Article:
Hinduism is a vast and profound religion. Some of the sacred elements that characterize Hindu religious traditions are the Hindu scriptures, the Vedas, the Upanishads, and the main deities. One of the most important beliefs in Hinduism is acceptance. They have scriptures, mythologies that deal with many elements of life which are considered unacceptable. For example, Gita (considered to be main scripture which tells way of Hindu life, its duties) has story about Dropadi who is married to 5 brothers. Gita has story about Lord Krishna who married 30,000 wives who were widowed in war. Ramayana (story of Lord Ram) who is has one wife and he is faithful to her. Through many stories they are taught about accepting evil in world because there is always good in it. There is story about a prince who proves to his evil father that god is everywhere, in everyone, in every living and not living elements.
Arshan (2006) stated, “The Vedas form as the basis for sacred element of Hinduism. The word Veda literally means wisdom or knowledge. It is the term applied to the oldest of the Hindu scriptures, originally transmitted orally and then subsequently preserved in written form. The Vedas contain hymns, prayers and ritual texts composed over a period of one thousand years. The term Vedas refers to the entire collection of these wisdom books, also known as the samhitas, which include the rig-Veda, the samaveda, the yajur-veda and the athara-veda. Each of these texts consists of three parts: (1) the mantras, hymns of praise to the gods; (2) the brahmanas, a guide for practicing ritual rights, and (3) the upanishads, the most important part of which deals with teachings on religious truth or doctrine. The samhitas are the basis of Vedic Hinduism, the most significant of the group being the rig-Veda. This collection of hymns, originally composed in Sanskrit, praises the various Hindu deities, including Indra, Soma, Varuna and Mitra. Based on the course readings, as well as to my understanding, they are the major Deva, based on Vedic scriptures, which include Indra (god of thunder and bringer of welcome rains), Agni (god of fire), Soma (associated with a sacred drink), and Ushas (goddess of dawn). The devas included both opaque earth gods and transparent deities of the sky and celestial realms. But behind all the myriad aspects of divinity, the sages perceived one unseen reality. This reality, beyond human understanding, ceaselessly creates and sustains everything that exists, encompassing all time, space, and causation. (Living Religions) Naylor (1999) depicted, “In Vedic times, Indra was the supreme ruler of the gods. He was the leader of the Devas, the god of war, the god of thunder and storms, the greatest of all warriors, the strongest of all beings. He was the defender of gods and mankind against the forces of evil. He had early aspects of a sun-god, riding in a golden chariot across the heavens, but he is more often known as the god of thunder, wielding the celestial weapon Vajra, the lightning bolt. He also employs the bow, a net, and a hook in battle. He shows aspects of being a creator god, having set order to the cosmos, and since he was the one who brought water to earth, he was a fertility god as well. He also had the power to revive slain warriors who had fallen in battle. Indra is described as being very powerful, with a reddish complexion, and with either two or four very long arms”. Naylor (1999) stated “Agni is one of the most important of the Vedic gods. He is the god of fire, the messenger of the gods, and the acceptor of sacrifice. Agni is in everyone's hearth; he is the vital spark of life, and so a part of him is in all living things; he is the fire which consumes food in peoples' stomachs, as well as the fire which consumes the offerings to the gods. He is the fire of the sun, in the lightning bolt, and in the smoke column which holds up the heavens. The stars are sparks from his flame. He was so important to the...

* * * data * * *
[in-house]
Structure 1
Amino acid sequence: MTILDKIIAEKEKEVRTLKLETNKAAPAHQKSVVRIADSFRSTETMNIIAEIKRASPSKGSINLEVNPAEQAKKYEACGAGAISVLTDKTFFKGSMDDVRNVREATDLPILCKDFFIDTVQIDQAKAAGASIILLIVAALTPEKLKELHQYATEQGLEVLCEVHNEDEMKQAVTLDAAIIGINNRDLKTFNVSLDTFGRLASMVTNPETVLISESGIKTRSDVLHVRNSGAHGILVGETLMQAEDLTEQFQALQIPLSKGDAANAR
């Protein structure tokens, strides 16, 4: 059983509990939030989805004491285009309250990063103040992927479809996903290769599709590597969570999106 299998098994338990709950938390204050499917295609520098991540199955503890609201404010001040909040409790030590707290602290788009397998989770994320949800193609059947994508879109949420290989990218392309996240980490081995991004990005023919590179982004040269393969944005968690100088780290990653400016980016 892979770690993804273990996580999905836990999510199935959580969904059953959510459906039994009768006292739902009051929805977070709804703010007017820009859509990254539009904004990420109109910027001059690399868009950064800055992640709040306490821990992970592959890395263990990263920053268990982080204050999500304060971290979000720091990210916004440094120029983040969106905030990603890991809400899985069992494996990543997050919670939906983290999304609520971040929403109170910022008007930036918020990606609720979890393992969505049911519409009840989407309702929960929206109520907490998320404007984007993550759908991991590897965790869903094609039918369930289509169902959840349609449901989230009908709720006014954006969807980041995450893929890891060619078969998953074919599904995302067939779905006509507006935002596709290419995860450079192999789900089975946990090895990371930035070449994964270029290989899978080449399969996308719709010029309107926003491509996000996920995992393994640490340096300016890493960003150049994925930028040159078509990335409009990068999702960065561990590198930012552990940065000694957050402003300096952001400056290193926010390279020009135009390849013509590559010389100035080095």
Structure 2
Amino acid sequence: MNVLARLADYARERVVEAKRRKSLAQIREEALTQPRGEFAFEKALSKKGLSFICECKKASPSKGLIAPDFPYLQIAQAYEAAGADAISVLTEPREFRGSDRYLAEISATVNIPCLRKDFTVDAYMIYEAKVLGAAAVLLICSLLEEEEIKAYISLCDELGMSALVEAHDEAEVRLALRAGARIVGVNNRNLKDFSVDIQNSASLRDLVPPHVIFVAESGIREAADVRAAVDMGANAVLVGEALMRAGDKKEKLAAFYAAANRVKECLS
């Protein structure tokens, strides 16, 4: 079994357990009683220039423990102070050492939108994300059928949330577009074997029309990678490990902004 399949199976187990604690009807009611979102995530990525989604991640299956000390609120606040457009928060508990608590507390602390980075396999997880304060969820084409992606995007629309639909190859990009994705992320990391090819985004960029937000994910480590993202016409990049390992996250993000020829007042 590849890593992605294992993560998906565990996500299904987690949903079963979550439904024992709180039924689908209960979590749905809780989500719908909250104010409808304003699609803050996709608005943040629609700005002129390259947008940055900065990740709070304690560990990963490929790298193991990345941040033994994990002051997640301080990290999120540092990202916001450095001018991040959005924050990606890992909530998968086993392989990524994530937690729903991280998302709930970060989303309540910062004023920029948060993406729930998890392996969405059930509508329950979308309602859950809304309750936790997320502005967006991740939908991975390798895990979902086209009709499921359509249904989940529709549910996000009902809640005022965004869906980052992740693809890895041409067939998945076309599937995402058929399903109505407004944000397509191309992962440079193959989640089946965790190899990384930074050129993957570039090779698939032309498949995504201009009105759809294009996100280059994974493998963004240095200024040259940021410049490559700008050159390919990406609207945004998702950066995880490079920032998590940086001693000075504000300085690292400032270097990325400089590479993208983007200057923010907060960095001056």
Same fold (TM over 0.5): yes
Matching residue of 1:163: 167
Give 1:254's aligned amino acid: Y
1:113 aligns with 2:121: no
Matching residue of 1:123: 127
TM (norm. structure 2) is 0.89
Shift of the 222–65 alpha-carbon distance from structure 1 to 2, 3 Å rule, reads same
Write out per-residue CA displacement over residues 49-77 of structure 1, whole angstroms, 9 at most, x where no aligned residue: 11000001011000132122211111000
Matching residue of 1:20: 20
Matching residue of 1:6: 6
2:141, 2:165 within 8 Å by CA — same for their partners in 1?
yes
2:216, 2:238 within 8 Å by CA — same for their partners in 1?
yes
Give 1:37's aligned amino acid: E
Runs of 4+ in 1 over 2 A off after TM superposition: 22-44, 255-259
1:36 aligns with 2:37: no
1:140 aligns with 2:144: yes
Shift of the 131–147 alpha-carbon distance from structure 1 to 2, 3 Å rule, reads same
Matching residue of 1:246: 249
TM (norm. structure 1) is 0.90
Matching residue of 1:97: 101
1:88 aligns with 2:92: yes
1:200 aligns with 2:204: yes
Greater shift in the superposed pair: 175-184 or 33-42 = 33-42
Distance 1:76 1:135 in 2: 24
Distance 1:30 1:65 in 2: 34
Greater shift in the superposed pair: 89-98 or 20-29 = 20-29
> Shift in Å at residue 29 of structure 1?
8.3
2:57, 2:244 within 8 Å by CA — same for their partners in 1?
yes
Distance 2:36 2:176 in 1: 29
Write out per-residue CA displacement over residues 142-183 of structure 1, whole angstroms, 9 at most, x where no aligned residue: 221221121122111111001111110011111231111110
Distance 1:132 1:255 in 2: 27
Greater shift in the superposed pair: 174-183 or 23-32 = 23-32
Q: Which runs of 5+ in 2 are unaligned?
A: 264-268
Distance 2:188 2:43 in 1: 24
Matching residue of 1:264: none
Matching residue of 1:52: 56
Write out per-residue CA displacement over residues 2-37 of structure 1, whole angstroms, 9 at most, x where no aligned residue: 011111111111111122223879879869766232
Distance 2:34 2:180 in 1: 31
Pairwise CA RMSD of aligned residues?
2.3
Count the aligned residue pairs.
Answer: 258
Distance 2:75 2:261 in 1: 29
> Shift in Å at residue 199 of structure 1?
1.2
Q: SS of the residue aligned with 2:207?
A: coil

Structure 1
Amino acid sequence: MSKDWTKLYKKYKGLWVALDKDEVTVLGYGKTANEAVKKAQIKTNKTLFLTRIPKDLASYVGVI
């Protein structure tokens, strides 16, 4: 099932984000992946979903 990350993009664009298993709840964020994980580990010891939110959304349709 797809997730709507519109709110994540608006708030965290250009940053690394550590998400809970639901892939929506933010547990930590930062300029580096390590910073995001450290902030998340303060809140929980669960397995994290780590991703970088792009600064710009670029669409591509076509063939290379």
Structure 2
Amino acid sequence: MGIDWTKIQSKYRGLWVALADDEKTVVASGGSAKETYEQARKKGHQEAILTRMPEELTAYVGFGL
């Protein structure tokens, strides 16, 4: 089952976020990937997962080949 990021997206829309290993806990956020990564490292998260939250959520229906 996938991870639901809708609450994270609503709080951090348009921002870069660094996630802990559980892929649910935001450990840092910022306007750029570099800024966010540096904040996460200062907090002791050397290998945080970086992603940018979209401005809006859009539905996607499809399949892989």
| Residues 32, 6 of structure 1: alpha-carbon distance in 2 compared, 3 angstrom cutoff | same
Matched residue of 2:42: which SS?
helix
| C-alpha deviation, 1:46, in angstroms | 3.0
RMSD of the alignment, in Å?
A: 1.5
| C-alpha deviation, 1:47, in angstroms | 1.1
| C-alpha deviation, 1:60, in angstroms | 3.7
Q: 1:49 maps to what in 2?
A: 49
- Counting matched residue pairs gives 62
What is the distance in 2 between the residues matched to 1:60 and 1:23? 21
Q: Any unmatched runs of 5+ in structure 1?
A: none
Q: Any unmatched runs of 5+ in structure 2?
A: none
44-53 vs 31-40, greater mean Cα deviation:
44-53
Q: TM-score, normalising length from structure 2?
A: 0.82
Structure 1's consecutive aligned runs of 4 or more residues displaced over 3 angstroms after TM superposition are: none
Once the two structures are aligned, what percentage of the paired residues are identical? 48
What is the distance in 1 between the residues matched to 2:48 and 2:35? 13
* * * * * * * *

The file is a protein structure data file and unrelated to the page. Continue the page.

References: Fisher, Mary Pat (2003). Living Religions (5th Ed.). : Prentice-Hall, Inc...
Naylor, Stephen T (1999).Indra. Encyclopedia Mythica. Retrieved November 03, 2009, from Encyclopedia Mythica Online.
Naylor, Stephen T (1999).Agni. Encyclopedia Mythica. Retrieved November 03, 2009, from Encyclopedia Mythica Online.
Naylor, Stephen T (1999).Soma. Encyclopedia Mythica. Retrieved November 03, 2009, from Encyclopedia Mythica Online.
Naylor, Stephen T (1999).Ushas. Encyclopedia Mythica. Retrieved November 03, 2009, from Encyclopedia Mythica Online.
Arshan, Dabirsiahi(2006).Sacred elements of Hinduism. Spirituality information. Retrieved November 03,2009, from spirituality information< http://spiritualityinformation.in>
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